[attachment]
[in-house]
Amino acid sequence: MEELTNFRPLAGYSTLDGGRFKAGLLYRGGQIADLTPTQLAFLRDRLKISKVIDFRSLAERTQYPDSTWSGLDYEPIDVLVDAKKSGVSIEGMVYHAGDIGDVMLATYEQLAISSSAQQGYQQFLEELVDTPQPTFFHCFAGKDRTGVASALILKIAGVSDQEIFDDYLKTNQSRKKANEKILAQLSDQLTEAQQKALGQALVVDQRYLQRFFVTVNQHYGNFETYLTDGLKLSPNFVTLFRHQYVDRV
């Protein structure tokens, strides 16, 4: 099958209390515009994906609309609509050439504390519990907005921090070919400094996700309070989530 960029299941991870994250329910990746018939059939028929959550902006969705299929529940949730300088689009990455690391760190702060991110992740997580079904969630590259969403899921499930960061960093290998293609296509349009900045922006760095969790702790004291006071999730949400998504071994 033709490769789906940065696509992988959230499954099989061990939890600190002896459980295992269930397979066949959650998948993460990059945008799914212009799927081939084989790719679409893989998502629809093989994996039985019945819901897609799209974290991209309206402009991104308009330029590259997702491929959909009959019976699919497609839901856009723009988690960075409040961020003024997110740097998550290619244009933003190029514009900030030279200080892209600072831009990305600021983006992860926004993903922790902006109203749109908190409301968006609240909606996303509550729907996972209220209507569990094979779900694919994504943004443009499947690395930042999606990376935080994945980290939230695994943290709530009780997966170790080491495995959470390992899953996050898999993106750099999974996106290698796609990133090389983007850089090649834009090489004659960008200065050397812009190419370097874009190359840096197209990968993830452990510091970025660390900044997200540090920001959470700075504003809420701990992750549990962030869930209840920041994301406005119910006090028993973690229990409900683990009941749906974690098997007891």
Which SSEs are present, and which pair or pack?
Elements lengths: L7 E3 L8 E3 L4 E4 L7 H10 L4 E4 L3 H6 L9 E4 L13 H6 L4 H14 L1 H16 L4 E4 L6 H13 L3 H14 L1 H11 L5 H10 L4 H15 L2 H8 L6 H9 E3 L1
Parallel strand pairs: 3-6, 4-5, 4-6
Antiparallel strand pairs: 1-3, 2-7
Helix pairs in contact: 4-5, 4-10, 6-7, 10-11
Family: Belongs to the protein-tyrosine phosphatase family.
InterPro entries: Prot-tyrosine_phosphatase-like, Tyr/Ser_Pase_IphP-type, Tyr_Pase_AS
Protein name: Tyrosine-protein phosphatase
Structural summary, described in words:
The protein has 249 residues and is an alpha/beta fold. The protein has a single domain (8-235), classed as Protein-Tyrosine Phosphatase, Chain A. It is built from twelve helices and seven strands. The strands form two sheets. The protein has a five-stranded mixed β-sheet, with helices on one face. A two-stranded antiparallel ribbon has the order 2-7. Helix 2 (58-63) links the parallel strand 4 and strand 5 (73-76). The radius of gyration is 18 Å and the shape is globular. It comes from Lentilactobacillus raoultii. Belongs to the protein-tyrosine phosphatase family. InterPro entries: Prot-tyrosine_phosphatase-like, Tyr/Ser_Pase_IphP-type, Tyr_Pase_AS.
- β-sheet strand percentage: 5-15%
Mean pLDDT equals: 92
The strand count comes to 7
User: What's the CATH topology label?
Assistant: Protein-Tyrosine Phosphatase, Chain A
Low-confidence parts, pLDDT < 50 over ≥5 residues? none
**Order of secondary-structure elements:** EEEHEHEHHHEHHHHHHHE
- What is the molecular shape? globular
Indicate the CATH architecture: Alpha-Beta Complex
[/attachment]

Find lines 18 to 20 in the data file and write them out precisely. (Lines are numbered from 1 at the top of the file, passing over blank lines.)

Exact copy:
Assistant: Protein-Tyrosine Phosphatase, Chain A
Low-confidence parts, pLDDT < 50 over ≥5 residues? none
**Order of secondary-structure elements:** EEEHEHEHHHEHHHHHHHE